The final pick: Tom Hanks. Travolta simply turned down the role and later admitted his decision was a mistake. For Hanks, the role earned him an Oscar for best actor in 1994.(Francois Durand / Getty Images )
The role: Cher Horowitz, the wealthy Valley girl up for anything that involves fashion, makeovers and, like, boys.
The final pick: Alicia Silverstone. Gellar couldn’t commit due to scheduling conflicts.(Jordan Strauss / Invision / Associated Press; Paramount Pictures)
The role: Will Turner, an ace swordsman and budding pirate.
The final pick: Orlando Bloom. Law auditioned for the role to play Keira Knightley’s love interest, but was shoved aside for Bloom.(Jonathan Leibson / Getty Images; Peter Mountain / Disney Enterprises )
The role: Black Widow, a femme fatale formerly known as a Russian spy.
The final pick: Scarlett Johansson. Blunt passed on the role saying: “Usually the female parts in a superhero film feel thankless: She’s the pill girlfriend while the guys are whizzing around saving the world.”(Ricardo DeAratanha / Los Angeles Times; Zade Rosenthal / Marvel)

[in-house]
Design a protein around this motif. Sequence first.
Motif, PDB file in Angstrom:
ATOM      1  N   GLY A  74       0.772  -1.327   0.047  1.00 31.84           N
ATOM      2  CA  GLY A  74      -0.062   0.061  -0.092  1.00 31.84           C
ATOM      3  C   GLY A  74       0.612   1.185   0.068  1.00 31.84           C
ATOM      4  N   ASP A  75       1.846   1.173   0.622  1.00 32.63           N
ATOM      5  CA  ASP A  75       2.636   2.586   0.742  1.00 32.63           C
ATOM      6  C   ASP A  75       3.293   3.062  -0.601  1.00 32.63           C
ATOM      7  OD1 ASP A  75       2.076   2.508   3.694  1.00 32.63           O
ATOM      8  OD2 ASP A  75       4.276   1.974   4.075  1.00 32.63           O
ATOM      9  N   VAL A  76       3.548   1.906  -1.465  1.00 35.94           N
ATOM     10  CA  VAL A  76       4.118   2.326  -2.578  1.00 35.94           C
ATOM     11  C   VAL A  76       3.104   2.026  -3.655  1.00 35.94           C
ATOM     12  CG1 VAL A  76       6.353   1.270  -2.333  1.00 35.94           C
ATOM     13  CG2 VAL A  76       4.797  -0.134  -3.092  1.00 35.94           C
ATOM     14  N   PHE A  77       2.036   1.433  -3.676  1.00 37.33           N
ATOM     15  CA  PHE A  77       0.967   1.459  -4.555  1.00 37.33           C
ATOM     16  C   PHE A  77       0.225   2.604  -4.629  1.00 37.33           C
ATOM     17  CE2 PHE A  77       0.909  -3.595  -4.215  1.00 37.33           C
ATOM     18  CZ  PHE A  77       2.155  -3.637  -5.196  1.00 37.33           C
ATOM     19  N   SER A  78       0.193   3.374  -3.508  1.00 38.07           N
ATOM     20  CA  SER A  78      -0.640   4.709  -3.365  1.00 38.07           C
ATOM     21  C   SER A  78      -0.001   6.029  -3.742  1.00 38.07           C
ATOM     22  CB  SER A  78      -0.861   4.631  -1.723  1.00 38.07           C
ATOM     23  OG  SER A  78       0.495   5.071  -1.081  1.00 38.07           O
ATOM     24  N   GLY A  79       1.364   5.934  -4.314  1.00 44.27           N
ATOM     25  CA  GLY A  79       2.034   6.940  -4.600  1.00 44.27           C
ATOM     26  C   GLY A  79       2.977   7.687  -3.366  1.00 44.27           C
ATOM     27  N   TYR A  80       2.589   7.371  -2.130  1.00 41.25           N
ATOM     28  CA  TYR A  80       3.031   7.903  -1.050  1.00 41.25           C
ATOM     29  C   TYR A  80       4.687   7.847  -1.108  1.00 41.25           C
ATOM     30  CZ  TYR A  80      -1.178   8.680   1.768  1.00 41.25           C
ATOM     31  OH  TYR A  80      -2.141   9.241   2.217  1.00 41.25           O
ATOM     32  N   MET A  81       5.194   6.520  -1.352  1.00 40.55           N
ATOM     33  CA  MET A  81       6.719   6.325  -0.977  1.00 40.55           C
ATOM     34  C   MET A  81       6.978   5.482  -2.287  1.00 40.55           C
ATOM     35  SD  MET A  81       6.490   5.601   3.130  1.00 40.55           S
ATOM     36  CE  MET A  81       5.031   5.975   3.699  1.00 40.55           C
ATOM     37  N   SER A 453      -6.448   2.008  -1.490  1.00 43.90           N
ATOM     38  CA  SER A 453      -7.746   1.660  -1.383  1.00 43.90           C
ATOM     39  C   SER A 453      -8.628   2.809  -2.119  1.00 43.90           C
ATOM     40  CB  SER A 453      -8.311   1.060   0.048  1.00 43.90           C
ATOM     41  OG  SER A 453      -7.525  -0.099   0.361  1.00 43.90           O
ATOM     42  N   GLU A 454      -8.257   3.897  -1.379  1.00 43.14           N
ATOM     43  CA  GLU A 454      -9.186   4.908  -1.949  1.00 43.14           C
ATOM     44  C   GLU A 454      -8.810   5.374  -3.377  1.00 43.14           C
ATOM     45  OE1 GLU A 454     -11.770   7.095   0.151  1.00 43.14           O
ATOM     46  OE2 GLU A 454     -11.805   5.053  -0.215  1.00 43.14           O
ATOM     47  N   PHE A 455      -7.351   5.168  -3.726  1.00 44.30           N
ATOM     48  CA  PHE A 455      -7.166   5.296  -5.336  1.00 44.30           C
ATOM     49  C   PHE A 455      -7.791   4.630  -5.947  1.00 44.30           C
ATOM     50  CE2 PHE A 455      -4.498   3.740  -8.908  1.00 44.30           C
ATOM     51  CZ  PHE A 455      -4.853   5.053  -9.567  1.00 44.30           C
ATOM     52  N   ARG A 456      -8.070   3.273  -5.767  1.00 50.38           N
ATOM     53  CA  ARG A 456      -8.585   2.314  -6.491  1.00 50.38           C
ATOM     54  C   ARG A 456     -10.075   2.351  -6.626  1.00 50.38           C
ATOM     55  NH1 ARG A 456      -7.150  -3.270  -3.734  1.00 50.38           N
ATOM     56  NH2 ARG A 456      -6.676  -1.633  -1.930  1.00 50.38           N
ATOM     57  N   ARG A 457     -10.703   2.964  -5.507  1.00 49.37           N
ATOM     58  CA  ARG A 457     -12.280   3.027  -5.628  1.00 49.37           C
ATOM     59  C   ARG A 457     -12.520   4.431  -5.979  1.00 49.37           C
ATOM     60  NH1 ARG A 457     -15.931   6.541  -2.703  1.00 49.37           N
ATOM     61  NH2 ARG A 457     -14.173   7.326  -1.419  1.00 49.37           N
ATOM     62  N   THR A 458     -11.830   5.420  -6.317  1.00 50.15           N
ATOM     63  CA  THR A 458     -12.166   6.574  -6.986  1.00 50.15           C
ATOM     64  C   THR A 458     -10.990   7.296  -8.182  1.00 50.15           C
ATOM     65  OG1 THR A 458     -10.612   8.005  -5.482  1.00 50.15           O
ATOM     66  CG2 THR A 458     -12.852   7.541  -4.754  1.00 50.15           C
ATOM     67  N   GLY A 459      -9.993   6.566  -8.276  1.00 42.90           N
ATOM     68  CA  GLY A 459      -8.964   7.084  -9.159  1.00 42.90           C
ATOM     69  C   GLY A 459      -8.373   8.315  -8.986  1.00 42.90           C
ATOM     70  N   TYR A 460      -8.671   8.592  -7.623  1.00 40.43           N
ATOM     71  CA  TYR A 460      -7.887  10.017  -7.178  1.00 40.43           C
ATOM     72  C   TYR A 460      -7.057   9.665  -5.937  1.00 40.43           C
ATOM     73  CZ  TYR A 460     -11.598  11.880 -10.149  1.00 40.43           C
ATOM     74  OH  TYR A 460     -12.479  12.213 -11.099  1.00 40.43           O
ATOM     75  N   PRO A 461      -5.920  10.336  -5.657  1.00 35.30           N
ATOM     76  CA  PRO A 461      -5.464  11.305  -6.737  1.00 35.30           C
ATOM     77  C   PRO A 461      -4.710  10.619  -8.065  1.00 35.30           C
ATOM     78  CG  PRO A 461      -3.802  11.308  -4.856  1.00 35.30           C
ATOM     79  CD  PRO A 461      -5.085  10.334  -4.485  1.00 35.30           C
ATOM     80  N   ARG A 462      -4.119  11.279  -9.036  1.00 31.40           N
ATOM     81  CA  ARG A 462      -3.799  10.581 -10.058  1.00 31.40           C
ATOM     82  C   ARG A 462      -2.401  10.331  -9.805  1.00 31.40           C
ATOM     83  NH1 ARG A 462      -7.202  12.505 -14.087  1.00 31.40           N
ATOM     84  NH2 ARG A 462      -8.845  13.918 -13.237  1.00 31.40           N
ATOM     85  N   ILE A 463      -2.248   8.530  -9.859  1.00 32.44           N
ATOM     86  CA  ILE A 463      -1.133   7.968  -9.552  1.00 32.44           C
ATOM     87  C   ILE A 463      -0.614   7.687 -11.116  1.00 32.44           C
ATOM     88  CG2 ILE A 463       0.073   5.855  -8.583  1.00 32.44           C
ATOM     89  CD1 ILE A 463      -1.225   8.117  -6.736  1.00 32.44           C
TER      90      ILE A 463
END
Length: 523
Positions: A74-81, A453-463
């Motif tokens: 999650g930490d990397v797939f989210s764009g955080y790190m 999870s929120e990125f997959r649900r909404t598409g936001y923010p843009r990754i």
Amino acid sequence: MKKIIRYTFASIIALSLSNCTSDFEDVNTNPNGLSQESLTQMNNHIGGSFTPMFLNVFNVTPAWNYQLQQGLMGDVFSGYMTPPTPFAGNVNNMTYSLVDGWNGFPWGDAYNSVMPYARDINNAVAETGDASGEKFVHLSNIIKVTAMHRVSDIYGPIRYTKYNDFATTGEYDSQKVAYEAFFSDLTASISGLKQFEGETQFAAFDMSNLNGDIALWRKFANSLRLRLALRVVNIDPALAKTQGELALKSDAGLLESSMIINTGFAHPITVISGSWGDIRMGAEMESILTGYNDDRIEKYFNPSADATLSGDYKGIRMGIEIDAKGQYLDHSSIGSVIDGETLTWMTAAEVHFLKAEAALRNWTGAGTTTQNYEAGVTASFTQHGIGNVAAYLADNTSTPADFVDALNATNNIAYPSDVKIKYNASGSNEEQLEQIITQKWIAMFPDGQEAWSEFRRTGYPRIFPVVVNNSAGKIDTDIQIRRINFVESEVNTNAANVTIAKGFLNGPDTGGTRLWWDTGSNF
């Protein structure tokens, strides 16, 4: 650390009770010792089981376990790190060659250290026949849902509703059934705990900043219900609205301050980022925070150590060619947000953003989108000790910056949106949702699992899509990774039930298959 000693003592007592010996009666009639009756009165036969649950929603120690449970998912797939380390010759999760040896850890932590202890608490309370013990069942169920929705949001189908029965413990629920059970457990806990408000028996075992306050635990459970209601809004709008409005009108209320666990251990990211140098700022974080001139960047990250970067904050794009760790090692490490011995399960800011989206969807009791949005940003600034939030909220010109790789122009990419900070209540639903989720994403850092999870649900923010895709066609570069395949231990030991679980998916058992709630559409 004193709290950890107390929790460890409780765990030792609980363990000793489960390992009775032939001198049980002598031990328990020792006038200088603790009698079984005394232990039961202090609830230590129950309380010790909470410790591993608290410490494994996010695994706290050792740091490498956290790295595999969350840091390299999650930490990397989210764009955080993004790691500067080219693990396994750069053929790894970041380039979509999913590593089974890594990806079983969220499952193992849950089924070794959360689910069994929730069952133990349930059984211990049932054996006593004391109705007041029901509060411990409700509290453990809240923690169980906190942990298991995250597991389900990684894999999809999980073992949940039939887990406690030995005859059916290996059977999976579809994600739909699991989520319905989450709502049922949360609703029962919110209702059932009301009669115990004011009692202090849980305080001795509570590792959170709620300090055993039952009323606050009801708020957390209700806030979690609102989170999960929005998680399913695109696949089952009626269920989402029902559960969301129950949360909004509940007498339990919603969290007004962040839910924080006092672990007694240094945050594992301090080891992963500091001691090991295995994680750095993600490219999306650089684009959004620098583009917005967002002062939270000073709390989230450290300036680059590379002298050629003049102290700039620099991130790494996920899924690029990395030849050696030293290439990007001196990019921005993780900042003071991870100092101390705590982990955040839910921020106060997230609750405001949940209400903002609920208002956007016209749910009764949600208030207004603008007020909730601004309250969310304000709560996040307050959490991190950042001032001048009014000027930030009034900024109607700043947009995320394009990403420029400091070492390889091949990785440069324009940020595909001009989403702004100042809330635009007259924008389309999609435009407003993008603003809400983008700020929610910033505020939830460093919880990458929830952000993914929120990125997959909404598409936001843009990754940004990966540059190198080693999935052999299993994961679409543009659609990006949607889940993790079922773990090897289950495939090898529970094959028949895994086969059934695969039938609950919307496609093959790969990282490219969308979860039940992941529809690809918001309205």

The role: Gandalf, a wizard and leader of the Fellowship of the Ring with great mental and physical power.
The final pick: Ian McKellen. Despite director Peter Jackson’s many attempts for Connery to play Gandalf -- he offered Connery $30 million on top of 15% of the film’s box office revenue -- Connery said he simply didn’t understand the story. During his audition read, Connery mistakenly referred to hobbits as bobbits.(Jason Szenes / EPA; New Line Productions)
The role: Vivian Ward, an assertive Hollywood Boulevard prostitute who finds love with a wealthy lawyer.